Thursday, U.S. cell-phone developer Hop-on announced plans to unveil cellular-gambling software for the Linux-based Android Platform. The unveiling will take place next month at the Consumer Electronic Show in Las Vegas.
Android is a 3G-networked software platform and operating system, which was initially developed by Google and later became the brainchild of the Open Handset Alliance – a 34-member consortium of handset makers, application developers, mobile carriers and chipmakers. The Hop-on software will offer Android users video games as well as live-streaming baccarat, poker, blackjack and roulette and will feature open-source licensing, the company said.
The news comes as analysts name cellular gaming as one of the few silver linings in an otherwise-bleak recessionary cloud. Alexander Resources forecasts, “Mobile-gaming revenues are set to reach $16 billion.” And High Beam Research concluded, “2008 has been an encouraging year for a number of mobile gambling service providers, with many seeing total wager increasing by [sic] more than 100 percent.”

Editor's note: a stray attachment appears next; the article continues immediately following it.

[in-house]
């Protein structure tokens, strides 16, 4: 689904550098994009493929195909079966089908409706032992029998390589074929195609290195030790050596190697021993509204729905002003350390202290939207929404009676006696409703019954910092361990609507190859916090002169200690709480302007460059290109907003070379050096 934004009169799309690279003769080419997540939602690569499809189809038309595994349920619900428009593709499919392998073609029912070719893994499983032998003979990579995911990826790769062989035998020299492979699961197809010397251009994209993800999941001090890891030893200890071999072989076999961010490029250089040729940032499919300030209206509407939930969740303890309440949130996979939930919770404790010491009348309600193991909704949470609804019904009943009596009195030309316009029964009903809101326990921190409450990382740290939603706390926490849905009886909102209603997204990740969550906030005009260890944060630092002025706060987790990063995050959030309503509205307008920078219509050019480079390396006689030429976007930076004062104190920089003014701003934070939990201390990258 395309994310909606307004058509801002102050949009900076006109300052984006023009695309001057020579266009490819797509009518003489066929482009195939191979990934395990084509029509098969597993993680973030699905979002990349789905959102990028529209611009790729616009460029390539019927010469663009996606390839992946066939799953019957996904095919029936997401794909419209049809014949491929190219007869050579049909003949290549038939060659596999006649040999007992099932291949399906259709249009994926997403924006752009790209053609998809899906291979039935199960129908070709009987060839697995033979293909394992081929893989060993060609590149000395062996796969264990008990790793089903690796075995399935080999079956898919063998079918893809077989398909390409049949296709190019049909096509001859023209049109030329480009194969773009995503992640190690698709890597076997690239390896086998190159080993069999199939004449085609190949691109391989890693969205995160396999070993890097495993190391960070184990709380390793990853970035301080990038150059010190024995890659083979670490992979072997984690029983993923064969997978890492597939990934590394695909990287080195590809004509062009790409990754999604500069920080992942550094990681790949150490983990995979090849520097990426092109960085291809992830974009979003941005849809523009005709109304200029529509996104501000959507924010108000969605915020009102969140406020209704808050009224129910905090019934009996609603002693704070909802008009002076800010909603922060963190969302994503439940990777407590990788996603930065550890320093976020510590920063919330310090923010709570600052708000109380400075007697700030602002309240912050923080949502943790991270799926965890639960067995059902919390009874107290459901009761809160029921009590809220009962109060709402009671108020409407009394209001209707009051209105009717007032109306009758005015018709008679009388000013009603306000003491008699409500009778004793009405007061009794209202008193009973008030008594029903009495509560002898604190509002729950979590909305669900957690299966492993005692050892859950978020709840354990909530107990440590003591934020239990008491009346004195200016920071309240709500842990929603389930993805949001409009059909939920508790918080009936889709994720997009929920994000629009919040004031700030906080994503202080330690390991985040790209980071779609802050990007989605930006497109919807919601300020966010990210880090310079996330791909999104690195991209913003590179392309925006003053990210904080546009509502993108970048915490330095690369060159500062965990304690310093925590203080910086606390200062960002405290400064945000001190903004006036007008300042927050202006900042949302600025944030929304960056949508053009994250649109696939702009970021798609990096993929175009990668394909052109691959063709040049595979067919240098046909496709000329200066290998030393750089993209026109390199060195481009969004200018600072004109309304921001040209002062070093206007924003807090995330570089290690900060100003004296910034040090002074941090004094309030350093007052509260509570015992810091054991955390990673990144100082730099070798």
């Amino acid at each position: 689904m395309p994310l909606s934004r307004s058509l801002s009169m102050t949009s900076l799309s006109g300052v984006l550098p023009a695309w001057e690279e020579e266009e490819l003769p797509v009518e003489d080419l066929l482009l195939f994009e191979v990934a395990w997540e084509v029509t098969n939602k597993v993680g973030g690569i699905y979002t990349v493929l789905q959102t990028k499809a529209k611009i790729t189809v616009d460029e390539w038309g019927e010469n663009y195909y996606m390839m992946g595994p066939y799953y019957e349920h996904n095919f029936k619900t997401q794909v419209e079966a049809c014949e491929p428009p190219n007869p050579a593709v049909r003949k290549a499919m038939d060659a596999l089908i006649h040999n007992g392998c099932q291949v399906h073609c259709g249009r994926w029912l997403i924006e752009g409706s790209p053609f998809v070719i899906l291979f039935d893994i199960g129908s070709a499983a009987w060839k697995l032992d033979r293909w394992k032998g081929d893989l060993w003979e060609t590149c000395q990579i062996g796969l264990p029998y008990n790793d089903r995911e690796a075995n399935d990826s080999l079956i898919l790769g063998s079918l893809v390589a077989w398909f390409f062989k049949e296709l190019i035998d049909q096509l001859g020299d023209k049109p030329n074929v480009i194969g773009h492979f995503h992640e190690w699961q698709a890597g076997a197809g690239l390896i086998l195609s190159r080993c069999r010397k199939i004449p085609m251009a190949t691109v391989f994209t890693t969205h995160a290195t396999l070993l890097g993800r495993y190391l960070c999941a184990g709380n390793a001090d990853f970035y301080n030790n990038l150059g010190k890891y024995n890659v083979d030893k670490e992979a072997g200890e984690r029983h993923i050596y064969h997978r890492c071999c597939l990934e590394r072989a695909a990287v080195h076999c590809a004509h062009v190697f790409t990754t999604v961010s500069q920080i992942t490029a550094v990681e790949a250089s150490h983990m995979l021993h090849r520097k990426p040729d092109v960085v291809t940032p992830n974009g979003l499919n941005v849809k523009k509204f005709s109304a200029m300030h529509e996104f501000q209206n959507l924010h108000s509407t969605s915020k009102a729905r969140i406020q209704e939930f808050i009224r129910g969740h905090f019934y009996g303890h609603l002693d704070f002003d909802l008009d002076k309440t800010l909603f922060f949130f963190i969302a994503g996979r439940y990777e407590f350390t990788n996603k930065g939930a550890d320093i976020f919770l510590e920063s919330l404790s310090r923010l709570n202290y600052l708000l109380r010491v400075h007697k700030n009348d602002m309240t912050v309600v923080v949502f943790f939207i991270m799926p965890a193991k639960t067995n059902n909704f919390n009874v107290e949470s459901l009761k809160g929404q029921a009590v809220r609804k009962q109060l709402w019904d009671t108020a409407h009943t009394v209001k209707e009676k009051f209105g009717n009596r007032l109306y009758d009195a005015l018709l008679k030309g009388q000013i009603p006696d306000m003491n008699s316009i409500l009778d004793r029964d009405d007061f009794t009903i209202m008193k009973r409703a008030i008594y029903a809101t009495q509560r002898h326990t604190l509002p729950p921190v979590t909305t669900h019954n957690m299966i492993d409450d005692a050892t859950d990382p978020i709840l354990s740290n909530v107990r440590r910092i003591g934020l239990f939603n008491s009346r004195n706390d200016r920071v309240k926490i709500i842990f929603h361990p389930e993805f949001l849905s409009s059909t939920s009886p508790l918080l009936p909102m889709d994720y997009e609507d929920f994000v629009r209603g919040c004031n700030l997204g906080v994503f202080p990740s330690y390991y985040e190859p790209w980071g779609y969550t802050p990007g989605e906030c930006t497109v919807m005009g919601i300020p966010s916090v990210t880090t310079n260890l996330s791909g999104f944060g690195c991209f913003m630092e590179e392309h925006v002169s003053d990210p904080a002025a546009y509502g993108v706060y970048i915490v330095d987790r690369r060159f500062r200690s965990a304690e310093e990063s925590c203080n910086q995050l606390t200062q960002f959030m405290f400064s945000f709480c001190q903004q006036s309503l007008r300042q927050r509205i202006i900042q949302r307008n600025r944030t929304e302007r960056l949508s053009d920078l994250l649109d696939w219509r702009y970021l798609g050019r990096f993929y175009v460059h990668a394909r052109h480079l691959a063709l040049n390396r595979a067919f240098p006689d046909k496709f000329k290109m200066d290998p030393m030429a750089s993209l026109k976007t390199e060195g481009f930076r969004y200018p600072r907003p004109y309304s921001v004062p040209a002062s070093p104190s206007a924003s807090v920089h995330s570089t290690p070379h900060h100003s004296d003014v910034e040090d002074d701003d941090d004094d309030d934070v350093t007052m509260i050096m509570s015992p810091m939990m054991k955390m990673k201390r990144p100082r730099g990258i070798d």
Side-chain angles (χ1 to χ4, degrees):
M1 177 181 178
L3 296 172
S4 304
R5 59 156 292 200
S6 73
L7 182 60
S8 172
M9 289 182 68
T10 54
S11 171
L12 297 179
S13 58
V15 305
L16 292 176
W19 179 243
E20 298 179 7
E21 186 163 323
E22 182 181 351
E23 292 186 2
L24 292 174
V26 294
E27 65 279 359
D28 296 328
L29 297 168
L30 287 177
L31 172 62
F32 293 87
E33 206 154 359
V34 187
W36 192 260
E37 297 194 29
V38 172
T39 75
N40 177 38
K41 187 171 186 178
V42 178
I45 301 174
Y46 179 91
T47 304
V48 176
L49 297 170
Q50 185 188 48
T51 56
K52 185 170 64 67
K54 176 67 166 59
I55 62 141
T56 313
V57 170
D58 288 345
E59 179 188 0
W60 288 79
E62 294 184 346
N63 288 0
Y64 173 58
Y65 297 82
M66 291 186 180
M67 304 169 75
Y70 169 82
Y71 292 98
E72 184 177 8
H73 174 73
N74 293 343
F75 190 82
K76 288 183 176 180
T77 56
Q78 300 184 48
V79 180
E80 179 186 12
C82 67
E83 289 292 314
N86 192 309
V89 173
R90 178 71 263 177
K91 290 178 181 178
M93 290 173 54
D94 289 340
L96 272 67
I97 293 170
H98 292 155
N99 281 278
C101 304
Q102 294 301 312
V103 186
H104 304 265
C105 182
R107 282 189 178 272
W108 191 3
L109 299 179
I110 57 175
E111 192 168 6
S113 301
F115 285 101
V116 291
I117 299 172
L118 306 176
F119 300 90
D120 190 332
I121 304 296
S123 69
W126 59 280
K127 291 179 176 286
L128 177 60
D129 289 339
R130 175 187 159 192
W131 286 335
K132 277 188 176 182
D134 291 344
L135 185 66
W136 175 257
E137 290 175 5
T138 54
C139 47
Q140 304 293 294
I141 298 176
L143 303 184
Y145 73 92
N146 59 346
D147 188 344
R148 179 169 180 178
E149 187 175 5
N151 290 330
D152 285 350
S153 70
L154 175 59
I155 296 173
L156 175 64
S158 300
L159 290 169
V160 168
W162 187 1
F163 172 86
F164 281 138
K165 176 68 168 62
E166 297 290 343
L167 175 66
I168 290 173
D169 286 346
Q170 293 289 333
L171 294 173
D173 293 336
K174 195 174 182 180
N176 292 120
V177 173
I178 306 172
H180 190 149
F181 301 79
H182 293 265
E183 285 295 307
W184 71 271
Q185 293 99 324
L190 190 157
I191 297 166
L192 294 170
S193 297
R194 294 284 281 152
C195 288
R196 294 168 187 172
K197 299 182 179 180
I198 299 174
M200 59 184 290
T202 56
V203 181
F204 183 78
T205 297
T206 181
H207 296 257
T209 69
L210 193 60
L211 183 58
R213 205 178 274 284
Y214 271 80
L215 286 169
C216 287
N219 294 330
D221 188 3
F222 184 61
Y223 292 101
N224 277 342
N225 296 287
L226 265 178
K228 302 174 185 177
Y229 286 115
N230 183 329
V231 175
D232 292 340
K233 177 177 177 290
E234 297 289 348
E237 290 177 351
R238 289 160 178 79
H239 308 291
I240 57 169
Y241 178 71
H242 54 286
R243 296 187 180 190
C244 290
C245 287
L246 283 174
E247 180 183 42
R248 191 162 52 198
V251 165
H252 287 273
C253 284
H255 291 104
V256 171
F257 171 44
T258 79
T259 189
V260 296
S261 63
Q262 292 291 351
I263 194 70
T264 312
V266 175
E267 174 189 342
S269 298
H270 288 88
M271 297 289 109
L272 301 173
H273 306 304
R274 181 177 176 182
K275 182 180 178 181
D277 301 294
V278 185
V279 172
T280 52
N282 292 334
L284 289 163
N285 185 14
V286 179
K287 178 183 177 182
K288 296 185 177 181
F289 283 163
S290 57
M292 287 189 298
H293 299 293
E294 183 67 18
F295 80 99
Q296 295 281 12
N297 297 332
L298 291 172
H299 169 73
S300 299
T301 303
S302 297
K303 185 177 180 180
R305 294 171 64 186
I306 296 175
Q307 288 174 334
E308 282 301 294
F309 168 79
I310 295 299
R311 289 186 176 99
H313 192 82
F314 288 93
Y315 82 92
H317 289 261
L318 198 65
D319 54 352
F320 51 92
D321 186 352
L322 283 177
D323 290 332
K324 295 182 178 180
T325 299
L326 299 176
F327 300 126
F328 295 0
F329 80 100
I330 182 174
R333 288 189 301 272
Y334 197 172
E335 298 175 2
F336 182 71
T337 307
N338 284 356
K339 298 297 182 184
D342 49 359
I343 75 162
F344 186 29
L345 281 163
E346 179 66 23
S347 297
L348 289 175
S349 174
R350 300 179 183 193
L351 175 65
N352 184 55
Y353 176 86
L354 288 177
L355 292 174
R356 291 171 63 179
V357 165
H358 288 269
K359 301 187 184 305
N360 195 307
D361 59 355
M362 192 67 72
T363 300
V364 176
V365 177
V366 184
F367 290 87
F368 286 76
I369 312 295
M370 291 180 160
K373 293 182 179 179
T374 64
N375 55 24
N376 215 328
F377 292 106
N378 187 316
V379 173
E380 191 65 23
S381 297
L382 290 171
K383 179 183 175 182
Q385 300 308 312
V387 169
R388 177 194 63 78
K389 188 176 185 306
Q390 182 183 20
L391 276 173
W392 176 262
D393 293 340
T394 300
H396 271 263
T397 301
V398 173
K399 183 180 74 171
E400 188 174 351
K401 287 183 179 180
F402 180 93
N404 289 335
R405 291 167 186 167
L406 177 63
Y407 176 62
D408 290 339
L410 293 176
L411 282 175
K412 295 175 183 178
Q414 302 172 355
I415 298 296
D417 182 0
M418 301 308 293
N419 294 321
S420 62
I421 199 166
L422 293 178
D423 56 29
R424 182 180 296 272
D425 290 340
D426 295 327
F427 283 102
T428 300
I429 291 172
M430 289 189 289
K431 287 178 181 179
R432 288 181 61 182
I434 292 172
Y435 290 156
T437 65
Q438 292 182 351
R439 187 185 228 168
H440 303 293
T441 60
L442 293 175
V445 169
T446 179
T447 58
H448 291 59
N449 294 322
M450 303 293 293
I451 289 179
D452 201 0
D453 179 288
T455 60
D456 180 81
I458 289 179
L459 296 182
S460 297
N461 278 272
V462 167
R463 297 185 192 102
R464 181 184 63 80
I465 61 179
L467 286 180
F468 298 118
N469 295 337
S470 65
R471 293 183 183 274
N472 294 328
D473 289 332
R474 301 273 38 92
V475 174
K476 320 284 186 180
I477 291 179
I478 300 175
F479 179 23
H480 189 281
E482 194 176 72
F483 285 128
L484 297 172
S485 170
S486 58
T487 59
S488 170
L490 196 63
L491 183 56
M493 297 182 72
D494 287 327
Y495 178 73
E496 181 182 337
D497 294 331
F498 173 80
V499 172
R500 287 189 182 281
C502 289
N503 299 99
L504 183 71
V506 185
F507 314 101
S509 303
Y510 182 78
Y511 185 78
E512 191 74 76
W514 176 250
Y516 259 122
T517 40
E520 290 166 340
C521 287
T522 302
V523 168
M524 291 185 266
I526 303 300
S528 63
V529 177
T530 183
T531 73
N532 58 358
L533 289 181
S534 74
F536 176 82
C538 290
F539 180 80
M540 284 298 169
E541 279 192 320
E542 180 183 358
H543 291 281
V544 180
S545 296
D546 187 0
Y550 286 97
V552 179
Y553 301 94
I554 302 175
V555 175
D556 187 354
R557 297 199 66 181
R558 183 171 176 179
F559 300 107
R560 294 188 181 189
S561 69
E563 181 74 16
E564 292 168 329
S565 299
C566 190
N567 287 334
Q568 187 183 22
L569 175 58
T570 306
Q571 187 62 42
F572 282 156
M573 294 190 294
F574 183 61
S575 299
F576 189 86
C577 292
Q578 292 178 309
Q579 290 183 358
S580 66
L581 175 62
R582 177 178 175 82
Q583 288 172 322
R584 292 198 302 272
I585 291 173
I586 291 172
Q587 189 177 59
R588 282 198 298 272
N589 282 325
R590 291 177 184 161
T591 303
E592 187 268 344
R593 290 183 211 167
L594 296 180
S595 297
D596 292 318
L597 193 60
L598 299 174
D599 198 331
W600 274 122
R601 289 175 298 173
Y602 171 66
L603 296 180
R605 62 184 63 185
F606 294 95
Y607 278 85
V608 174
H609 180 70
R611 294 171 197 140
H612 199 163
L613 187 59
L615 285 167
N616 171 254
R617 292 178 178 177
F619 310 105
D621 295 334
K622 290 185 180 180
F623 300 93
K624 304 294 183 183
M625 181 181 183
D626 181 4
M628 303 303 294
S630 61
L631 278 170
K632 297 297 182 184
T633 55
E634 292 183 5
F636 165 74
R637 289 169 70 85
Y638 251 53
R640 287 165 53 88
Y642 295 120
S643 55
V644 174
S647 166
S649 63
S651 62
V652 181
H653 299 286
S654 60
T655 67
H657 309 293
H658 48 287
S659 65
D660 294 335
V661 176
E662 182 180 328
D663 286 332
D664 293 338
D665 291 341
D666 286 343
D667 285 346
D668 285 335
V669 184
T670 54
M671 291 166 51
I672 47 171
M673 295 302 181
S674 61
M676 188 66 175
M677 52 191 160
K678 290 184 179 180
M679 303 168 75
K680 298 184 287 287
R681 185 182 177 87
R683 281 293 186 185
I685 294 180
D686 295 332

The caveat, as High Beam pointed out, is that “The rollout of such services has been limited to a few key markets, most notably the U.K.”
Yet Hop-on President and CEO Peter Michaels indicated that the company plans to cater to a limited market with its software.
“We will be bringing mobile gaming to Europe where gaming is legal, secure and regulated,” Michaels said.
Michaels went on to say, “New 3G wireless technologies and phones will play a big role in the growth of mobile gaming by making it more convenient and secure. These new networks and phones will (make) real-time, exciting player-to-player betting… possible.”
Hop-on said the Android will retail for less than $200 and that the software will “be available in any language and in any currency.”